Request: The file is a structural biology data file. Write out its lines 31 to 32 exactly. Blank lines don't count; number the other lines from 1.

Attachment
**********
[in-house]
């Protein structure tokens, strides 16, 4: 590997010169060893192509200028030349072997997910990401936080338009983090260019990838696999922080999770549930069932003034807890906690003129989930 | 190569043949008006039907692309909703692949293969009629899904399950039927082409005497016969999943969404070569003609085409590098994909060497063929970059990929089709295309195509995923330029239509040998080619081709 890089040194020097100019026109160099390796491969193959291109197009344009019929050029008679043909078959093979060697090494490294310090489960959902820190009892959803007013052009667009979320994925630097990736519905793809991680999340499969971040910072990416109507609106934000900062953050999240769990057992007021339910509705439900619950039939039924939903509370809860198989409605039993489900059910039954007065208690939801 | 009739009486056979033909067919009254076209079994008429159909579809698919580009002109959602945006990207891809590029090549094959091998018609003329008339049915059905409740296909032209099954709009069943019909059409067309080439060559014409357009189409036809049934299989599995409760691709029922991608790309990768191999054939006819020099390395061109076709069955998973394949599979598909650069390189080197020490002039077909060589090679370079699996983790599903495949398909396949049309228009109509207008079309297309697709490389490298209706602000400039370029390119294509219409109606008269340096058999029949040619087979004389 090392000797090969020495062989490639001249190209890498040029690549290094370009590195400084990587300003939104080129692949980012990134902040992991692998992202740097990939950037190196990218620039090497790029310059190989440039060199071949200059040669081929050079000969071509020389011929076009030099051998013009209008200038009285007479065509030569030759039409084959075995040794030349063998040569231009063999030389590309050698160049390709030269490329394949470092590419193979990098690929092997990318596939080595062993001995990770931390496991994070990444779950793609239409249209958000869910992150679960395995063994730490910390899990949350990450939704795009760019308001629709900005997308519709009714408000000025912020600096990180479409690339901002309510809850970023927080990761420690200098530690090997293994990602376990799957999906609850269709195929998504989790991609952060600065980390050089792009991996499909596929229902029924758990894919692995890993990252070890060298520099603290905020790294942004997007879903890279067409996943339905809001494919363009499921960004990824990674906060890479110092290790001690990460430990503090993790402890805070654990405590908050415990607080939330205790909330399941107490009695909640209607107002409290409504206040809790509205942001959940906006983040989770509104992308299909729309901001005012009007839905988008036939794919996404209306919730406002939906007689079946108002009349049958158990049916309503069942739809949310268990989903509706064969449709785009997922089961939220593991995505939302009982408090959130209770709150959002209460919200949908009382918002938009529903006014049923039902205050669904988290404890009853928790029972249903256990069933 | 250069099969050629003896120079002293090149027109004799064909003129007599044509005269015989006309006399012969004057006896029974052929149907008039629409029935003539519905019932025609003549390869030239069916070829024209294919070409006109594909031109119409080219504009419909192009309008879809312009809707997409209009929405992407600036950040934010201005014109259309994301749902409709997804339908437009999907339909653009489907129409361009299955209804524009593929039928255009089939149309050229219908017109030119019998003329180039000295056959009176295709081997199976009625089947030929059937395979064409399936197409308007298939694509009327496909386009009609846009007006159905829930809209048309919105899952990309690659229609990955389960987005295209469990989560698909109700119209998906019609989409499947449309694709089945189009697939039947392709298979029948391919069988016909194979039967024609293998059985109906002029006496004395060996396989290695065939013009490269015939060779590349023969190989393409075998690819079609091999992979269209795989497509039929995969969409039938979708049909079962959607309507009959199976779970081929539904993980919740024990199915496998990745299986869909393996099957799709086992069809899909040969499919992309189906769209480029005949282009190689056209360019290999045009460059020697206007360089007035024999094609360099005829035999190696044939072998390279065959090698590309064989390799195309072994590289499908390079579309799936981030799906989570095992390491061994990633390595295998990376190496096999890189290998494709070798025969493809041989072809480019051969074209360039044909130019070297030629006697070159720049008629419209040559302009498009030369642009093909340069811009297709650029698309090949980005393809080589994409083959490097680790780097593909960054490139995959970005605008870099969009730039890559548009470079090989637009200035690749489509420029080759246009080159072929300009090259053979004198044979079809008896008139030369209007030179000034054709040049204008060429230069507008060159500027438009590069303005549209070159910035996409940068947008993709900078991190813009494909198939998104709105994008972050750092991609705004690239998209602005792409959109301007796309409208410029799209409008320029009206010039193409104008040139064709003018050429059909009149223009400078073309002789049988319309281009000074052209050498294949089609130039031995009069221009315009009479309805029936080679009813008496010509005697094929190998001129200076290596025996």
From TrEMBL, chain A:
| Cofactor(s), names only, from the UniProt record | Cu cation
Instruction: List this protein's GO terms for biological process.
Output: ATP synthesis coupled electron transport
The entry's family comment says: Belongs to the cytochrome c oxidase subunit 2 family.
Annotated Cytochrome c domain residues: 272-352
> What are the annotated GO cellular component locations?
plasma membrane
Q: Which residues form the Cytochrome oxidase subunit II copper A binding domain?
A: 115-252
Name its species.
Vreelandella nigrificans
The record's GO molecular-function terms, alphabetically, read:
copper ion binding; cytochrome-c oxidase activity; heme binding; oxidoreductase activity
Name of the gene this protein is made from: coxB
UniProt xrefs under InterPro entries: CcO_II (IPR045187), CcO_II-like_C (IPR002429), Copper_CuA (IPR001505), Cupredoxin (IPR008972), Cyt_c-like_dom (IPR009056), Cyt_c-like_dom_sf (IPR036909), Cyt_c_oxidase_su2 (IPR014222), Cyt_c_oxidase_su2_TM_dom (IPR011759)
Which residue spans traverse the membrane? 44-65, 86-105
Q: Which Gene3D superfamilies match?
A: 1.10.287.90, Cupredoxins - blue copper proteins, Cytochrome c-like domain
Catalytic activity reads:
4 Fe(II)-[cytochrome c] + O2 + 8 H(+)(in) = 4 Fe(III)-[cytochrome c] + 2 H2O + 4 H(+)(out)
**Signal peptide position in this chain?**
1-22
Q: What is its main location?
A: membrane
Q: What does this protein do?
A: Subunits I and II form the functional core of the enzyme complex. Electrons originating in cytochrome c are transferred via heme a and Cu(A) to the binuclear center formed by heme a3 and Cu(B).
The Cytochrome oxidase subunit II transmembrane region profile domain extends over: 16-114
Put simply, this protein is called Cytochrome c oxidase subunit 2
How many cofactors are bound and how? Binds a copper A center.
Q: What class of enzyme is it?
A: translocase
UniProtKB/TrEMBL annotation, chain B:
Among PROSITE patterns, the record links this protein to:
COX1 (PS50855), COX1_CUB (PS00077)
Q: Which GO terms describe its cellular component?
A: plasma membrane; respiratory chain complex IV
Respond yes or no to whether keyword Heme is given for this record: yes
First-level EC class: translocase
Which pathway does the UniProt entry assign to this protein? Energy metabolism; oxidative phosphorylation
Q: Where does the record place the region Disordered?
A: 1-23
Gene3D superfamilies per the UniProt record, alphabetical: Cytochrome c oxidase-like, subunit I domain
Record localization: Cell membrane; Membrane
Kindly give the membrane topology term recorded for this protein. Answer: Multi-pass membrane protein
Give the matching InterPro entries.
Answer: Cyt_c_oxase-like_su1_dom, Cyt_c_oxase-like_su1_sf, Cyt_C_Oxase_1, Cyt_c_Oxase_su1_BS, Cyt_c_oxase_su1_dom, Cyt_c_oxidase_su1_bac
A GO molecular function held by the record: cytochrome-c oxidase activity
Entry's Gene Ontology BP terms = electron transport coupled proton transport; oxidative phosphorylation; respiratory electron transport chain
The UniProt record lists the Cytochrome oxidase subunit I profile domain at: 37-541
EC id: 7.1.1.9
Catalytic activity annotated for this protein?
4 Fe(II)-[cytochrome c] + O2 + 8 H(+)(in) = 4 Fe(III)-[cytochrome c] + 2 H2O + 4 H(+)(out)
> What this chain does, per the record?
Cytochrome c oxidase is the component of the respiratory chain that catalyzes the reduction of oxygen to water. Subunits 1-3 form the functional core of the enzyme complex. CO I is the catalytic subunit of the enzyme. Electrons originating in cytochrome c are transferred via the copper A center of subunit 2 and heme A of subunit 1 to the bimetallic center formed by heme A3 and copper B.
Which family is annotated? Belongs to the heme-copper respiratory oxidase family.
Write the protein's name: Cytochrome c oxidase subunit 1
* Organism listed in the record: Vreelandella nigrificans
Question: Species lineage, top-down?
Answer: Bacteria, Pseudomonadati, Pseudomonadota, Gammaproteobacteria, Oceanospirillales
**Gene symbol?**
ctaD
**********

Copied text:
Put simply, this protein is called Cytochrome c oxidase subunit 2
How many cofactors are bound and how? Binds a copper A center.